June 19 (Bloomberg) -- A Stradivari violin found in the Manhattan home of reclusive American heiress Huguette Clark and valued at as much as $10 million went unsold at Christie’s.
The 1731 “Kreutzer” violin, made by renowned Italian artisan Antonio Stradivari, had a presale estimate of $7.5 million to $10 million. After a sealed-bid auction that began June 6, Christie’s said yesterday that the offers didn’t reach the “reserve price,” or the agreed-upon price between the sellers and the auction house.
“Christie’s and the estate are working together to explore next steps,” the company said in an e-mail.
The violin, named after its owner, French violinist Rodolphe Kreutzer, was part of a New York auction of more than 400 items belonging to the family of copper baron William Andrews Clark, including paintings, decorative arts, rare books and other musical instruments -- all painstakingly preserved. The auction, which lasted seven hours yesterday, tallied $8.5 million. The sale, combined with a May auction of other items in the Clark collection, brought in $70.2 million, exceeding Christie’s estimate of $50 million.
“An auction is very good for certain items, but there are many private clients who wouldn’t consider buying from auction, and not everybody wants that huge publicity,” Steven Smith, a director at London-based violin appraiser and dealer J & A Beare Ltd. said today in a phone interview.
The top lot sold yesterday was a painting by John Singer Sargent called “Girl Fishing,” which sold for $4.3 million, including commission. Its estimate ranged from $3 million to $5 million. An edition of Walt Whitman’s “Leaves of Grass” from 1855 sold for $305,000. It was estimated to fetch up to $150,000.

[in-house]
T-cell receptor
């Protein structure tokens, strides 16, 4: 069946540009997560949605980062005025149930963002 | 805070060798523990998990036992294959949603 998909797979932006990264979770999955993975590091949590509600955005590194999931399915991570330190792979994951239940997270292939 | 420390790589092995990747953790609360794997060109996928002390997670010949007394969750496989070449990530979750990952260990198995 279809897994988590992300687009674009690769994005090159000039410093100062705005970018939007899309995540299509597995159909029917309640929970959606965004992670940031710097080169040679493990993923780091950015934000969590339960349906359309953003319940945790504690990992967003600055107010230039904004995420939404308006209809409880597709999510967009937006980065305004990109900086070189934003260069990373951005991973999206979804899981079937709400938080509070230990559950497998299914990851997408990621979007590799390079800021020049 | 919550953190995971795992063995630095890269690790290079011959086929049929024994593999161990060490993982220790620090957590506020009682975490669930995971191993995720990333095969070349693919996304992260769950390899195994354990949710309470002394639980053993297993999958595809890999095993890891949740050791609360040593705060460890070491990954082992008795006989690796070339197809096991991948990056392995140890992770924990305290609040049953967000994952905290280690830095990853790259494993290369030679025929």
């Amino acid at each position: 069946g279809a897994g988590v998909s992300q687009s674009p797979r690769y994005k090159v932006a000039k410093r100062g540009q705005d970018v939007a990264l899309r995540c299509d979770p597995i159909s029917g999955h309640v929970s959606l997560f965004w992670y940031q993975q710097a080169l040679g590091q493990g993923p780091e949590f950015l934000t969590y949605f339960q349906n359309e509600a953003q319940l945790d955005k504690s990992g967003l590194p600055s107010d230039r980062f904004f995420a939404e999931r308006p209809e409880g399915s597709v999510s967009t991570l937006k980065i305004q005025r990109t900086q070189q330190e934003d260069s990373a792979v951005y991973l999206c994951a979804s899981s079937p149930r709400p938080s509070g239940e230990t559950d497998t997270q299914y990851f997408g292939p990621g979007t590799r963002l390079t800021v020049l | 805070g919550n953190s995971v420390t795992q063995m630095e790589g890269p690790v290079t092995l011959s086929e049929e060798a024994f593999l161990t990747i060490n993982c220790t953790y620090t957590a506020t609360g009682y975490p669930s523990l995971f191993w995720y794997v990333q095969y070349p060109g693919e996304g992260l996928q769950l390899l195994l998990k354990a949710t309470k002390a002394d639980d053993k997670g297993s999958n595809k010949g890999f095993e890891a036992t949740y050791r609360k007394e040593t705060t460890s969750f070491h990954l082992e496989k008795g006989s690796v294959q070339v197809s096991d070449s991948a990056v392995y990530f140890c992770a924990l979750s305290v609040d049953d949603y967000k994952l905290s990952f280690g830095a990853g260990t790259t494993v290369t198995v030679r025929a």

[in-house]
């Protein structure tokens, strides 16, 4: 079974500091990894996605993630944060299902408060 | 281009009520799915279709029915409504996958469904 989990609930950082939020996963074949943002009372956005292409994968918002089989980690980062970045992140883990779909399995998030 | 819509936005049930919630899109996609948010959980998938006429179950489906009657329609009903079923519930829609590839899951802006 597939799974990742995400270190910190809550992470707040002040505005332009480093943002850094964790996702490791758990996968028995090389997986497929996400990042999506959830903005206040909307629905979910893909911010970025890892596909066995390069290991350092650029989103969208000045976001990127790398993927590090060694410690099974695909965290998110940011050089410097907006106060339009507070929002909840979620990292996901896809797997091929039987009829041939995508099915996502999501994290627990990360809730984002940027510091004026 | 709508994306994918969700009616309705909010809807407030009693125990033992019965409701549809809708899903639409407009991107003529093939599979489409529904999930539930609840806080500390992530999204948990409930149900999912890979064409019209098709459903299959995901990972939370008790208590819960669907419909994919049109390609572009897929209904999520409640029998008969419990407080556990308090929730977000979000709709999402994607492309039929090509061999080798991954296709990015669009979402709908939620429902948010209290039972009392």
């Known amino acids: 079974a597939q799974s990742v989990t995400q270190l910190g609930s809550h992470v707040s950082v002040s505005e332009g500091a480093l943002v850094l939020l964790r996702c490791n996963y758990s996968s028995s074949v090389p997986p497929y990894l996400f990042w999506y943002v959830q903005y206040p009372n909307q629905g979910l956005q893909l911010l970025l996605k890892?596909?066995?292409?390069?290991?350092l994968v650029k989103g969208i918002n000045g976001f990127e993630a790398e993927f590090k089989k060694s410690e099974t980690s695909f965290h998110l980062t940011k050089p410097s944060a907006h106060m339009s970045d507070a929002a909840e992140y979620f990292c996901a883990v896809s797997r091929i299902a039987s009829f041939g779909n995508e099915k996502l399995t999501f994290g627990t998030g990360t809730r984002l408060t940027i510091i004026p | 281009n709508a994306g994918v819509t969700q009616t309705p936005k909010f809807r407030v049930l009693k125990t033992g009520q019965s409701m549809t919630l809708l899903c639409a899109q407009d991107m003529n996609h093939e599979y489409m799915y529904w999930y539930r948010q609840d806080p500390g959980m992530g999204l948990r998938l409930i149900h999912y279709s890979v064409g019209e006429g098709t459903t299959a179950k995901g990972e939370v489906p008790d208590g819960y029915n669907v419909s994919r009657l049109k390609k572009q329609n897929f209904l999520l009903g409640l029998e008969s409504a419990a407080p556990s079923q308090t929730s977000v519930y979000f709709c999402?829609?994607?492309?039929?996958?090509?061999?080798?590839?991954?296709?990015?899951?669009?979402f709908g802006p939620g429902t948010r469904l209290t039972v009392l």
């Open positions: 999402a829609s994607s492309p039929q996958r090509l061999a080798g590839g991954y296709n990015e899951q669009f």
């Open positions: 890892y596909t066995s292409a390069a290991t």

In yesterday’s sale, 352 lots were offered and 339 lots, or 96 percent, sold.
Clark began amassing his collection in 1878. More than 200 works of art were donated to the Corcoran Gallery of Art in Washington when the self-made billionaire, a one-term U.S. senator, died in 1925.
Huguette Clark, the youngest of seven Clark children, continued to add to the collection throughout her life. The heiress died in May 2011 at age 104 after spending decades in New York City hospitals, where she lived -- even though she was healthy -- under pseudonyms and surrounded by her doll collection.
In the May auction, a 1907 Monet painting of a pond studded with water lilies fetched $27 million. Huguette bought “Nympheas,” in 1930, when she was 23-years-old. It had been off the market until the sale.
She left no direct heirs to her estate, which was valued at more than $300 million at her death. Proceeds from the auction will go to her estate, Christie’s said. Ethel J. Griffin, New York County’s public administrator, is overseeing the estate, according to Christie’s.
Stradivari is recognized as the greatest violinmaker in history, and is believed to have produced close to 1,000 instruments, 650 of which survive, according to Christie’s. Another Stradivarius instrument, one of 10 surviving violas, will be offered this month at Sotheby’s in a sealed bid sale that may set an auction record for the most expensive instrument sold. Bids close June 25 for the 1719 “Macdonald” viola, which has a minimum bid of $45 million.
The auction record stands at $15.9 million from a June 2011 sale of a Stradivari violin dating from 1721. Auction house Tarisio sold the instrument in an online charity auction to support Japan’s earthquake and tsunami victims.